Boston’s classical music season a feast of masterpieces

The Boston Symphony Orchestra dominates the classical scene in the Hub because, well, it’s arguably the greatest symphony in the world. But as the BSO begins its 2022-23 season, it’s important to look around the range of exceptional organizations opening their own season. So from Symphony Hall to events around the city, the fall will be full of old favorites and modern masterpieces.

The Boston Symphony Orchestra

All of the new and recently composed works the BSO presents this fall come from female composers including pieces from Jessie Montgomery, Julia Adolphe and Caroline Shaw. It shows a welcome commitment from the orchestra to expand the canon, which will be well represented by the BSO over the next nine months. The fall will be a piano-heavy schedule featuring Awadagin Pratt, Emanuel Ax, Lang Lang, Yuja Wang and more. Down the road in 2023, legendary violinist Midori performs Tchaikovsky’s Violin Concerto, conductor Karina Canellakis makes her Symphony Hall debut for Karel Szymanowski’s Violin Concerto No. 2 plus Brahms, Wagner, Beethoven and Rachmaninoff. (

Hayoung Choi will be the cellist for the Boston Philharmonic's Dvorak Cello Concerto on Nov. 12. (Photo by Ettore Causa)
Hayoung Choi will be the cellist for the Boston Philharmonic’s Dvorak Cello Concerto on Nov. 12. (Photo by Ettore Causa)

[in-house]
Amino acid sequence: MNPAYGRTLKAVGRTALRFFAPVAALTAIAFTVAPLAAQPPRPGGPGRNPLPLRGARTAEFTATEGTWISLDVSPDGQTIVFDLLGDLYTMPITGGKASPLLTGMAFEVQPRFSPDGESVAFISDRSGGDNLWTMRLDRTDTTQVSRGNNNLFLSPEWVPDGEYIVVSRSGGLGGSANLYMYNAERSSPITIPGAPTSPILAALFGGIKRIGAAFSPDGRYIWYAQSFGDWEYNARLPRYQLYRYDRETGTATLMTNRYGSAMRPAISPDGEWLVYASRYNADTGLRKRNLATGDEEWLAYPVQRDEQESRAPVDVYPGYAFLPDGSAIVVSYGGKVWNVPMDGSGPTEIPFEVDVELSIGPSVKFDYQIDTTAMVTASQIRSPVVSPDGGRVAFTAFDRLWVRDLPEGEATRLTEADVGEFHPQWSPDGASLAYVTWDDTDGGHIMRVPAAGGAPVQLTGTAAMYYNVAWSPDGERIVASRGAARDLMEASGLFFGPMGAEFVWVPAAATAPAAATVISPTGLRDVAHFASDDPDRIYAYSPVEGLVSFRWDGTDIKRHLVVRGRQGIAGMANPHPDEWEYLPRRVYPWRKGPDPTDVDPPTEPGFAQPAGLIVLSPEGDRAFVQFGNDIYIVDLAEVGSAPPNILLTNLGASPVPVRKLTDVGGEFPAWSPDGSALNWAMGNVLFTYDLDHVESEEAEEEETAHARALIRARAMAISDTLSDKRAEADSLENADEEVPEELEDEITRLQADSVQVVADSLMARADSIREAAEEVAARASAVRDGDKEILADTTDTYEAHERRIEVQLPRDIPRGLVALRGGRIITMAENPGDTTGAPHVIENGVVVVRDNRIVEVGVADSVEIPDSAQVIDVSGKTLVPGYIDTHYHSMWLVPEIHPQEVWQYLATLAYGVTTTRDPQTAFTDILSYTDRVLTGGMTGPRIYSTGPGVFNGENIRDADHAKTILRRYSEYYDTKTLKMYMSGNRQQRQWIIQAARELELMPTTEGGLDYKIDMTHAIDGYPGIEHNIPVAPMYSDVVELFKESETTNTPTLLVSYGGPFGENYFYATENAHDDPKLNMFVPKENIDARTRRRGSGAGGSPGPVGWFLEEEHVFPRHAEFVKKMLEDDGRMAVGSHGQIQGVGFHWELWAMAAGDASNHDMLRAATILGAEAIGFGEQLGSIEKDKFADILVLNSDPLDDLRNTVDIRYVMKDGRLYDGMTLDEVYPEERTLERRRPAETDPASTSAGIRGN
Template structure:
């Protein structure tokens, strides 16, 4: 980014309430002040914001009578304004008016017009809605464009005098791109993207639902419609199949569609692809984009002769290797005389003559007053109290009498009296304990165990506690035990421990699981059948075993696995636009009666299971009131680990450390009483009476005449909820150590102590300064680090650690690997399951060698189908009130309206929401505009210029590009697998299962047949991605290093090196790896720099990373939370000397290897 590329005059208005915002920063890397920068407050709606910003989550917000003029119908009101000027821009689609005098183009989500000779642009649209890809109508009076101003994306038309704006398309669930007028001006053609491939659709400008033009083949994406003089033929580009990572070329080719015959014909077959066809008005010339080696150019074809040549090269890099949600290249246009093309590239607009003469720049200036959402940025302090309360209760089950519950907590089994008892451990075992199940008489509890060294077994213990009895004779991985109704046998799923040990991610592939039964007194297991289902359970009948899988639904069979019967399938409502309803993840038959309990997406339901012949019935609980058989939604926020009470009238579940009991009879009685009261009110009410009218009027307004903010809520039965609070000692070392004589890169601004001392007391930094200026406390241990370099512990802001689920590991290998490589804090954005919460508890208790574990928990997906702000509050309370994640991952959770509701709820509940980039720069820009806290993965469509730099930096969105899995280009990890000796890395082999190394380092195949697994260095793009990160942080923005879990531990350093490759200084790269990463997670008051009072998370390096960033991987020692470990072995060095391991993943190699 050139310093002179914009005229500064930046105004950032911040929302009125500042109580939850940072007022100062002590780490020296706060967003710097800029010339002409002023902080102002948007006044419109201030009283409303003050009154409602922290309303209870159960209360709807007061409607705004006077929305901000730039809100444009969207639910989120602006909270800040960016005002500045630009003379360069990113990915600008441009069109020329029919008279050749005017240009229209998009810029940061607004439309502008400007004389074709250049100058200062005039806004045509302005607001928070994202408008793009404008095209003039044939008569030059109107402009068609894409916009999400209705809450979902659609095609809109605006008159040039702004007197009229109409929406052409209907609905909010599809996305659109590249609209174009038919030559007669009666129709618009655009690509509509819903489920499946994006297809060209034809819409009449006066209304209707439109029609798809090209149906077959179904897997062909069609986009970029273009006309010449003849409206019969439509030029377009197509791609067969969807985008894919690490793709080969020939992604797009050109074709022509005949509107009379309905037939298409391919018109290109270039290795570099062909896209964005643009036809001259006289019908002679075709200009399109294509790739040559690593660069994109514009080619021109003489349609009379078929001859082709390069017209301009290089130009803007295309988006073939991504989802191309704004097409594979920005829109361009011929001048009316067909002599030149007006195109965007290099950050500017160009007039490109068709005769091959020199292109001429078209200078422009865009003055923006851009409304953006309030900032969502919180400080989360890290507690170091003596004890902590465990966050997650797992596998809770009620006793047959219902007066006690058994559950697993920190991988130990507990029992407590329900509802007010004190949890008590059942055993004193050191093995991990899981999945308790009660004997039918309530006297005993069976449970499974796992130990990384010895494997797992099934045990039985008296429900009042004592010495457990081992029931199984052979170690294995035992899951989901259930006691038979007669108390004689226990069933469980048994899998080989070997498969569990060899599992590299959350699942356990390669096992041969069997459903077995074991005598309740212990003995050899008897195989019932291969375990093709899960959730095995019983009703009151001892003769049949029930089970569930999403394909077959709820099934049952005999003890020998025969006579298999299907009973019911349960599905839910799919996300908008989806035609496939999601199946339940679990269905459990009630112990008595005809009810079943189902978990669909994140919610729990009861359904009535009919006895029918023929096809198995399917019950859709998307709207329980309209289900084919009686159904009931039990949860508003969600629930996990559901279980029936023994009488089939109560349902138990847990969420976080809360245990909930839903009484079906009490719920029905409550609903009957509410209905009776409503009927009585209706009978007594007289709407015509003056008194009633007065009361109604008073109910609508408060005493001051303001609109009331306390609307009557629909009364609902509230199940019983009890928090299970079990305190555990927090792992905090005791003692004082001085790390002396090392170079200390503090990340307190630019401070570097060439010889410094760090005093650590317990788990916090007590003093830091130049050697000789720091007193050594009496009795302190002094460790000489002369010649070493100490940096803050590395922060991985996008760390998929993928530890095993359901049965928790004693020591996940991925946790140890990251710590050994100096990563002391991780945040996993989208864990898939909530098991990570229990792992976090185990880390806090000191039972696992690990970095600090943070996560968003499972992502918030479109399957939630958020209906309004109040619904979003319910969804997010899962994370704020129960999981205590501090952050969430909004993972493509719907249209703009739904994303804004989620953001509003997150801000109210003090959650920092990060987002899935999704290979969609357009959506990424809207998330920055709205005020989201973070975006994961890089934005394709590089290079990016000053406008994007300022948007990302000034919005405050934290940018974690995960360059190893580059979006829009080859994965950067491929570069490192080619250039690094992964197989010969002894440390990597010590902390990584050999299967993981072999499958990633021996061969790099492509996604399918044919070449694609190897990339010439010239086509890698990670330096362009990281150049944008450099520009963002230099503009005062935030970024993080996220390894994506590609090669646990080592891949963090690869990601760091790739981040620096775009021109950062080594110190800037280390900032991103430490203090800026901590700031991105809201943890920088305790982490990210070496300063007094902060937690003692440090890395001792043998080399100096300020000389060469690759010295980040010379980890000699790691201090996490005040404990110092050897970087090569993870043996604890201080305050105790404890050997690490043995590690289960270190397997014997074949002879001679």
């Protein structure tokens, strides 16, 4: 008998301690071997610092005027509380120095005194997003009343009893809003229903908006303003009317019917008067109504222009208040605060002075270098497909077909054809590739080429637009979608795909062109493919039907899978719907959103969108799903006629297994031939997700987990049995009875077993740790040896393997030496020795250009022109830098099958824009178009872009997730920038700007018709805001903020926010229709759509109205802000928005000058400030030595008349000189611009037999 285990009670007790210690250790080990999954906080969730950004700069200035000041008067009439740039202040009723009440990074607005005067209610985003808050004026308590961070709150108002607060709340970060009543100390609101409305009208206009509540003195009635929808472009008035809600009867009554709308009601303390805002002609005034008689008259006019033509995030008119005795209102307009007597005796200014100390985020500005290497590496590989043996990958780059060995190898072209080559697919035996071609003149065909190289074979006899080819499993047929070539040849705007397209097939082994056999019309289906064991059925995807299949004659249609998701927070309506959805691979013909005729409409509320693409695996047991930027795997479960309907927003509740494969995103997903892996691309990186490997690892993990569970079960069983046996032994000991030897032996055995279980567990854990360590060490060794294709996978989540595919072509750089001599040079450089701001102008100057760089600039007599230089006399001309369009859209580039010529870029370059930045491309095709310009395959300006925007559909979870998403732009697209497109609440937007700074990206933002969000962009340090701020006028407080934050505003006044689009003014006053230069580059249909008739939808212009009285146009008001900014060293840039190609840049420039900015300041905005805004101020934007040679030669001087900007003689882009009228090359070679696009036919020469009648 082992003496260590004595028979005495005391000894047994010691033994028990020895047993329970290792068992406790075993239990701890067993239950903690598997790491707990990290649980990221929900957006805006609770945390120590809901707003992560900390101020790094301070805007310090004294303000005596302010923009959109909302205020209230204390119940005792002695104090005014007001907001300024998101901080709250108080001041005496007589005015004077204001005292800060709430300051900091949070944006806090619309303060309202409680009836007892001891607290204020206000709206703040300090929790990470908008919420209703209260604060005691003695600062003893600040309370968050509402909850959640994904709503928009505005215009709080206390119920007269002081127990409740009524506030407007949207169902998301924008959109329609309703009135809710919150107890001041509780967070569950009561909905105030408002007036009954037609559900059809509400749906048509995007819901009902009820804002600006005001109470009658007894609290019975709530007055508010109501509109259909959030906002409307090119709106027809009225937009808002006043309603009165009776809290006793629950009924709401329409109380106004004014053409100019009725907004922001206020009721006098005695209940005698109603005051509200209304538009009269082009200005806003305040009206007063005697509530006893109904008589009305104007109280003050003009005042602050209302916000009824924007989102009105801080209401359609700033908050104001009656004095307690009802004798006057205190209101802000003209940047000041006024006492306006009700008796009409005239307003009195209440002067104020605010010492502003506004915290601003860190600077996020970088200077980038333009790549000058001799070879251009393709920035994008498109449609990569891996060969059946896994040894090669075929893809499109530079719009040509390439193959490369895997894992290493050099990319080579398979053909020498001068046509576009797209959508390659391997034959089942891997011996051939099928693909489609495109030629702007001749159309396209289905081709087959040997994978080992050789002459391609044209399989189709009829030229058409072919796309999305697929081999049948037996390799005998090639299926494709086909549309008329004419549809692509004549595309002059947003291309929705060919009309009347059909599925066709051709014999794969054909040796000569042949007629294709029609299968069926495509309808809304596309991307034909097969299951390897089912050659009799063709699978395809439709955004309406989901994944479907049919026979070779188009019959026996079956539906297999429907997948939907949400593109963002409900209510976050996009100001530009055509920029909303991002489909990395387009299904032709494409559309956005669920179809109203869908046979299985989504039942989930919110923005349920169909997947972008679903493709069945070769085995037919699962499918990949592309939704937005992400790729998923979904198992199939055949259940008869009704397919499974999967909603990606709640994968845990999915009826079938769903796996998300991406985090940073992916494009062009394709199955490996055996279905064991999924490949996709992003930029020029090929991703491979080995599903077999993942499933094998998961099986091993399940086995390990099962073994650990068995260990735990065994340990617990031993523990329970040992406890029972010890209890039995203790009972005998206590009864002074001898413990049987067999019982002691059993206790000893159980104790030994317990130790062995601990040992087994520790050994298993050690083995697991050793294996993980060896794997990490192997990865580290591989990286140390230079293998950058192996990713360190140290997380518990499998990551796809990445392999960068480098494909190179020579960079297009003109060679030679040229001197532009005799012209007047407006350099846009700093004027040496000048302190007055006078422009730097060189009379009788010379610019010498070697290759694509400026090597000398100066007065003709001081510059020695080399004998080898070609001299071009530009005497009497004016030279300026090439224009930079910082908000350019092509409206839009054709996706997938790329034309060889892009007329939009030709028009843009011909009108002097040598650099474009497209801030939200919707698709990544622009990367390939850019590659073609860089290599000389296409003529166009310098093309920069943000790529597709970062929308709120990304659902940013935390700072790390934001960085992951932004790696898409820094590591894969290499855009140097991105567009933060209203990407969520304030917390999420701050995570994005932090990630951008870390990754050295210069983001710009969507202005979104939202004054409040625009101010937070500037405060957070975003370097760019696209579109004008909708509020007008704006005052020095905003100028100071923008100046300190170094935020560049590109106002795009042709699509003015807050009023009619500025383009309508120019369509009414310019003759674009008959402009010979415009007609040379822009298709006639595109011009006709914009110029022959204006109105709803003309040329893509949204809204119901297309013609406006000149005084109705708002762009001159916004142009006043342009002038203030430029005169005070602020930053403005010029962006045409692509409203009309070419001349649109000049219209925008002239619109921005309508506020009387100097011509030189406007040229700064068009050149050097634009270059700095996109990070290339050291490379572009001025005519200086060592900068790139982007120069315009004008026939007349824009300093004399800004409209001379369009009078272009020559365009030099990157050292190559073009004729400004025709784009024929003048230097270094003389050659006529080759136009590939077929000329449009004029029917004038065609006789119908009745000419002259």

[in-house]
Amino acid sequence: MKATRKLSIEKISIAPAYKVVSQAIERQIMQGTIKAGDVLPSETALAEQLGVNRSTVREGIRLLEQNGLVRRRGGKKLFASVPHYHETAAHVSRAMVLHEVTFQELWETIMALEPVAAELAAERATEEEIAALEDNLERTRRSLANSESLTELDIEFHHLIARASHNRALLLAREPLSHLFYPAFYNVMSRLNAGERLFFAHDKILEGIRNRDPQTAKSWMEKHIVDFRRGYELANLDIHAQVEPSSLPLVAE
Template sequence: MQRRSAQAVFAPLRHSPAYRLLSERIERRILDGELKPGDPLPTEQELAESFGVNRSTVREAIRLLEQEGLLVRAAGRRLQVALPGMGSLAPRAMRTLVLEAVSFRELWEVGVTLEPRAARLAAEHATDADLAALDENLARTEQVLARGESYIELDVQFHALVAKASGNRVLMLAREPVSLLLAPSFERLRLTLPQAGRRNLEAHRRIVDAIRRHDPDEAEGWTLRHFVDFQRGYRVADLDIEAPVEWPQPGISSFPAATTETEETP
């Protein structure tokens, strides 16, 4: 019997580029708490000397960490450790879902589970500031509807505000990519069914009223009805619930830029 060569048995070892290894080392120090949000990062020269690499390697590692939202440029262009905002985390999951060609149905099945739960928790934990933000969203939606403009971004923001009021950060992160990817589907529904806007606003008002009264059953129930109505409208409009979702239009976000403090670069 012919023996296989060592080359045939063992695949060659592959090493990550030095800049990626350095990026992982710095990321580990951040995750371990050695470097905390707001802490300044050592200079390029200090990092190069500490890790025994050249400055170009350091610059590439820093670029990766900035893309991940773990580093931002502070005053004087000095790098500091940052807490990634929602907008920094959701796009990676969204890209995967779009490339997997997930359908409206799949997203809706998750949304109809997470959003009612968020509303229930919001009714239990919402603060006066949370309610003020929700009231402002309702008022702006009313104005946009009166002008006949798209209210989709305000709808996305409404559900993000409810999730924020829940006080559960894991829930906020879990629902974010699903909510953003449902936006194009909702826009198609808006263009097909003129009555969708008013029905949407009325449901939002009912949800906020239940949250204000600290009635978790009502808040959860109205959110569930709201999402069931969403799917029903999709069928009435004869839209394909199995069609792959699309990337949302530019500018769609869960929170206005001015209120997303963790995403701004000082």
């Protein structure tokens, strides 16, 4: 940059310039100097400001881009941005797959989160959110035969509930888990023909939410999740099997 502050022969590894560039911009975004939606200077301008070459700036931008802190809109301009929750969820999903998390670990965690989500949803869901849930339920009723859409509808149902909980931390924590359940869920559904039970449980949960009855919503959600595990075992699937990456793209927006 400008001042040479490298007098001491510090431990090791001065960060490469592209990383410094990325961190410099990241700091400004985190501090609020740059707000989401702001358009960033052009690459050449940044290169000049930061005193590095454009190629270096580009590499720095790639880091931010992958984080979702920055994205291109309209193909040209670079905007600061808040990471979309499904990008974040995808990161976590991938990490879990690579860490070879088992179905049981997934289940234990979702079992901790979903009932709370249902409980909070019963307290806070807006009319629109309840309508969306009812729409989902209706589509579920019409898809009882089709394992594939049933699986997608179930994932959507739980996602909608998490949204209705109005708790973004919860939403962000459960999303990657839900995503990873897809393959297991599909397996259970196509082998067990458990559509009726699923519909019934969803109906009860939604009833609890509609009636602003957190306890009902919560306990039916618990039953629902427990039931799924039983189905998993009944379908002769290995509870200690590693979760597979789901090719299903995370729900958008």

The Boston Philharmonic

The Boston Philharmonic Orchestra and the Boston Philharmonic Youth Orchestra’s 2022-2023 concert season marks maestro Benjamin Zander’s 50th year as a conductor. Zander is a force of nature and a force for good in the classical music world (you must Google his Ted talk!). The conductor has made sure to select works for both organization’s seasons that played an important role in his life and work. The BPO opens with Beethoven’s Piano Concerto No. 4 and Rachmaninoff’s Symphony No. 2. Later concerts will include Beethoven’s Symphony No. 9, Schubert’s Symphony No. 8 and Tchaikovsky’s Symphony No. 5. (

Castle of Our Skins

A local concert and educational series devoted to celebrating Black artistry through music, Castle of Our Skins has put together another rich season. A few highlights: In October, at Boston University, the organization will put on lectures, master classes and performances connected to the life and works of Pulitzer-Prize winning composer George Walker. In December, back in residence at the Longy School of Music of Bard College, it will put on three days of events focused on the music of Anthony R. Green. The Green celebration continues in April with the world premiere of his multimedia project examining the seven years of isolation endured by abolitionist and writer Harriet Jacobs. (

Handel & Haydn conductor Anthony Trecek-King debuts his collaboration “Crossing the Deep,” with countertenor Reginald Mobley. (Photo Gretjen Helene/A Priori Photography)

Handel & Haydn Society

Bach done on the period instruments he wrote for, a Baroque Christmas and the genius that is Handel’s “Messiah” will all be wonderful — as you might expect. But H&H has some nice surprises on the calendar. In November, the organization presents first-ever complete performances of Mozart’s comic opera “The Marriage of Figaro” featuring titanic talent of operatic soprano Ying Fang. Down the road in 2023 will be the complete Brandenburg Concertos, and conductor Anthony Trecek-King and countertenor Reginald Mobley debut their collaboration “Crossing the Deep,” which explores Old and New World music inspired by the Bible, from spirituals to Handel’s music. (

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